The Yellowstone Ecosystem
The Yellowstone ecosystem is home to the iconic and historical Yellowstone National Park, the first U.S. national park created in 1872. Its high-elevation mountains of alpine and sub-alpine forests, are a UNESCO World Heritage site, spanning the rugged region where Idaho, Wyoming and Montana meet. Whitebark pine is the ecosystem’s foundation tree, living in the highest and harshest parts of the region, where few other trees survive. Moreover, whitebark forests stabilize and shade the snowpack, reducing avalanches and extending precious snowmelt flows into the summer months. The slow melt keeps rivers cool for trout and other wildlife and helps maintain water resources for people in the arid American West. But warming temperatures are threatening these majestic pines by allowing the mountain pine beetle to move into higher elevations, where it is decimating the defenseless whitebark forests on an unprecedented scale.
A Home for Threatened and Endangered Species
The whitebark pine is an imperiled foundation species of the Yellowstone ecosystem that provides critical food and essential habitat to many species at higher elevations. Elk use these forests as shelter. Small mammals and birds, such as the red squirrel, chipmunk and Clark’s nutcracker, rely on whitebark pine seeds as a primary food. Perhaps most importantly, pine seeds play a key role in the survival of Yellowstone’s threatened grizzly bears. The pine seeds are a high-calorie, high-fat food source that the grizzly eats to build fat stores essential for surviving winter hibernation. Whitebark pine is the engine that drives the health of the Yellowstone grizzly bear population: because of its remoteness, whitebark pine helps keep grizzly bears up high and out of harm’s way during their fall feeding frenzy. Moreover, when whitebark pine seeds are abundant, more cubs are produced, whereas when whitebark pine food crops are poor, bear reproduction suffers.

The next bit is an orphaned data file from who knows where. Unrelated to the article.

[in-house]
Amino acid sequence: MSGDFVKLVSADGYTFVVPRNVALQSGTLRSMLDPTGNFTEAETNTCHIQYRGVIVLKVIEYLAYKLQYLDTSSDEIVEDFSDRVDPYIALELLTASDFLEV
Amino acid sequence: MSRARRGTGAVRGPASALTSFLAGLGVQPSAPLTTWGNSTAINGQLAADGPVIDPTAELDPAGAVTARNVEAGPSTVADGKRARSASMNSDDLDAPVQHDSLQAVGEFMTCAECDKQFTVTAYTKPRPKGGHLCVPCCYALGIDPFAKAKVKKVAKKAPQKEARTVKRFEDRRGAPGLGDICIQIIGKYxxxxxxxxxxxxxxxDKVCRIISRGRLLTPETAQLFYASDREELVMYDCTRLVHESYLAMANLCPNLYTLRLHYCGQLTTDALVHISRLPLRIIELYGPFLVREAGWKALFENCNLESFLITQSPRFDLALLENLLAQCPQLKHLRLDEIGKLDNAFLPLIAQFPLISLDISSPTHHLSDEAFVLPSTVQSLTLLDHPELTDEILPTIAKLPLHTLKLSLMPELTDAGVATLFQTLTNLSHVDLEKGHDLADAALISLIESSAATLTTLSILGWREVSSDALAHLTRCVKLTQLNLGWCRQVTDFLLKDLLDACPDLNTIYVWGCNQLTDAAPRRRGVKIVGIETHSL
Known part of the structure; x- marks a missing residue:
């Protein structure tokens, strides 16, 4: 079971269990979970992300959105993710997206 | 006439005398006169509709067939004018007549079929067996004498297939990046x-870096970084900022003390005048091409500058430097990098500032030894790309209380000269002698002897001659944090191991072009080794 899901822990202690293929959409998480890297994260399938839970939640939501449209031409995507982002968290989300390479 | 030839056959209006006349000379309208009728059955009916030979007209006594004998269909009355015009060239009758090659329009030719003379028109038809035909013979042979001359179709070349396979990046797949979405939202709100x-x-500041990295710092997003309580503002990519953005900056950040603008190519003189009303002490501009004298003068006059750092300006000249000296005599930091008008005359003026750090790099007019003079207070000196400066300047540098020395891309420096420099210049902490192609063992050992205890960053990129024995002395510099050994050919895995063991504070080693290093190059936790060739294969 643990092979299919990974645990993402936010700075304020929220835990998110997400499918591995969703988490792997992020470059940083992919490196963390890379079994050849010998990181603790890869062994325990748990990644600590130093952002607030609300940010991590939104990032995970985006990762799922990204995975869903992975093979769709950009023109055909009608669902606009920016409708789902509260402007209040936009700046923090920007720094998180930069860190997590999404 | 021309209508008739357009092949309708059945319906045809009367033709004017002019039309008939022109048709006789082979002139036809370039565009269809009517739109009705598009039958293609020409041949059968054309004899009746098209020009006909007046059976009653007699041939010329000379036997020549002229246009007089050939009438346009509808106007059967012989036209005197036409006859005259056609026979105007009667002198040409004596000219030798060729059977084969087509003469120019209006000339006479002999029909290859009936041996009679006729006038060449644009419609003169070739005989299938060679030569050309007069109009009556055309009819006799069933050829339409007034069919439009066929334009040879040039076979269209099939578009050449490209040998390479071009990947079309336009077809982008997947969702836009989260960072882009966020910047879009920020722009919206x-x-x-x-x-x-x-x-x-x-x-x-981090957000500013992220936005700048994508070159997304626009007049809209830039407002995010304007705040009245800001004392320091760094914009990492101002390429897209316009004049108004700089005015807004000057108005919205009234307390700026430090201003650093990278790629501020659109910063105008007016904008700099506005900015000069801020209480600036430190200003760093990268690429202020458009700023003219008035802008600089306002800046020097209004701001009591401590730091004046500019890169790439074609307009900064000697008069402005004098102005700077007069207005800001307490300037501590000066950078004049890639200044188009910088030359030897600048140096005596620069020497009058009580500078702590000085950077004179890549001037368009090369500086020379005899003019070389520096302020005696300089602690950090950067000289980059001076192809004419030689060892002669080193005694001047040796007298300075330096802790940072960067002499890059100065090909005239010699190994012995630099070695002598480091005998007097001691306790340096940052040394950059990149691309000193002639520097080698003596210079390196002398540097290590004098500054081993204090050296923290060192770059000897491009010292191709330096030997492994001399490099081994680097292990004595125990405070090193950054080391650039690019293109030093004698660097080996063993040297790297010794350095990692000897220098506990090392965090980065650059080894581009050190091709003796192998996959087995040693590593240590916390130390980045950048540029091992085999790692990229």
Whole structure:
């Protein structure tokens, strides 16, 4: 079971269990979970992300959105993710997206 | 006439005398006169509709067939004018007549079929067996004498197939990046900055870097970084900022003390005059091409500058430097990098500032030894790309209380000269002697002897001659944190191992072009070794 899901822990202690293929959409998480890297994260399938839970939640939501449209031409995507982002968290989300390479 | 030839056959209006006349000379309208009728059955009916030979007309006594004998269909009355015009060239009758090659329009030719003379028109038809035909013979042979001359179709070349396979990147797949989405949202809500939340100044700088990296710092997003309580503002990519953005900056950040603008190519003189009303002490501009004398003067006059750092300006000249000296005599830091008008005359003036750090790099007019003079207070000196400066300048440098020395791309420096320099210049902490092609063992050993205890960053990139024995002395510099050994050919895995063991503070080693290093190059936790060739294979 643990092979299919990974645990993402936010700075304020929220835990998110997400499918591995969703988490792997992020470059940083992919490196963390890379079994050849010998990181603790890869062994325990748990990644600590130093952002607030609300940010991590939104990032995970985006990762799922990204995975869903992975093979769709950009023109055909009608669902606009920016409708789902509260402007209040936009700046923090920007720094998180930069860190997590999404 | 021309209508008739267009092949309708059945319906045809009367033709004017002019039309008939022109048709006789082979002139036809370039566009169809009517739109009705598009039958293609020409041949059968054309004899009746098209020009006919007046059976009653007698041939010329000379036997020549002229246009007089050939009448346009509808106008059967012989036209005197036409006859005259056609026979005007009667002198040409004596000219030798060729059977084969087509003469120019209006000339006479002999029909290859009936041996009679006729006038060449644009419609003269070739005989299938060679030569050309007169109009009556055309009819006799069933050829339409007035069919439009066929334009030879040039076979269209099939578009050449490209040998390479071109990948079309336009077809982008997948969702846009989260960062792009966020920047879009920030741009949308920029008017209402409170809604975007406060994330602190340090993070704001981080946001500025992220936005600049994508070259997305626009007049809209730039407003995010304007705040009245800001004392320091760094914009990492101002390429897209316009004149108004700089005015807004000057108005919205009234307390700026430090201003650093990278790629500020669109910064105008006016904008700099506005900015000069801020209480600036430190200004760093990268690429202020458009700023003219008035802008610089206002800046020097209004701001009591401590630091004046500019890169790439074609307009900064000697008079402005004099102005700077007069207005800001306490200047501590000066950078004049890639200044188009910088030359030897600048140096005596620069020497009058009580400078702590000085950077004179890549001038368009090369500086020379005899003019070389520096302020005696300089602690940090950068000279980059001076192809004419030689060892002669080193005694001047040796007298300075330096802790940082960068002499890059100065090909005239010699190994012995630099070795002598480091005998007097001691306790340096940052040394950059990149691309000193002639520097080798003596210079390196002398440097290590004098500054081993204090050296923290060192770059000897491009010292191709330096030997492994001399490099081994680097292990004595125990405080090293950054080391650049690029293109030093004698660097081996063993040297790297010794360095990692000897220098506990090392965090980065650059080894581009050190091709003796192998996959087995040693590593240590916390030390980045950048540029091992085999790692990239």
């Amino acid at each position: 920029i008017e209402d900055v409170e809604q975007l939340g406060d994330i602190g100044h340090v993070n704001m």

Climate Change Threats
As global warming progresses, increased temperatures at higher elevations allow the mountain pine beetle—once confined by cooler temperatures to lower elevations—to move up the mountains. Whitebark pines have no significant defenses, causing yearly die-offs. As the beetles attack the adult tree, an invasive pathogen called blister rust is attacking the smaller trees, creating a perfect storm where whitebark pines are being wiped out. A recent study by the NRDC and the U.S. Forest Service revealed that 82 percent of the whitebark pine forests in the Yellowstone ecosystem showed either high or medium mortality; only 18 percent of the ecosystem’s whitebark pine forests are healthy. Based on this study and current changes, experts predict that whitebark pine will be functionally extinct in the ecosystem—failing to provide food, shelter and hydrological functions—in five to seven years.
If the grizzlies do not have pine seeds, they migrate to lower elevations searching for other food, where conflicts with humans occur. Over the past few years, bears have wandered farther from high-altitude havens where they would normally be feasting on whitebark pine seeds, resulting in more conflicts with hunters, campers, and residents and often the bears’ lethal removal.
Needed Conservation Measures
Nonprofits, federal and state agencies are exploring future forest management options. The Greater Yellowstone Coordinating Committee’s whitebark pine subcommittee has mapped the priority whitebark pine conservation and restoration areas for the Yellowstone ecosystem. Continued monitoring and efforts to search for beetle-resistant whitebark pine trees will be critical. The U.S. Forest Service and other agencies are already collecting blister-rust-resistant seeds and raising seedlings for replanting. While still small in scale compared with the extent of beetle-impacted whitebark, restoration projects have the potential to expand and target critical habitat areas throughout the tree’s range. At the same time, adaptation programs and strong protections for grizzly bears can be part of a program to respond to the effects of declining whitebark in Greater Yellowstone.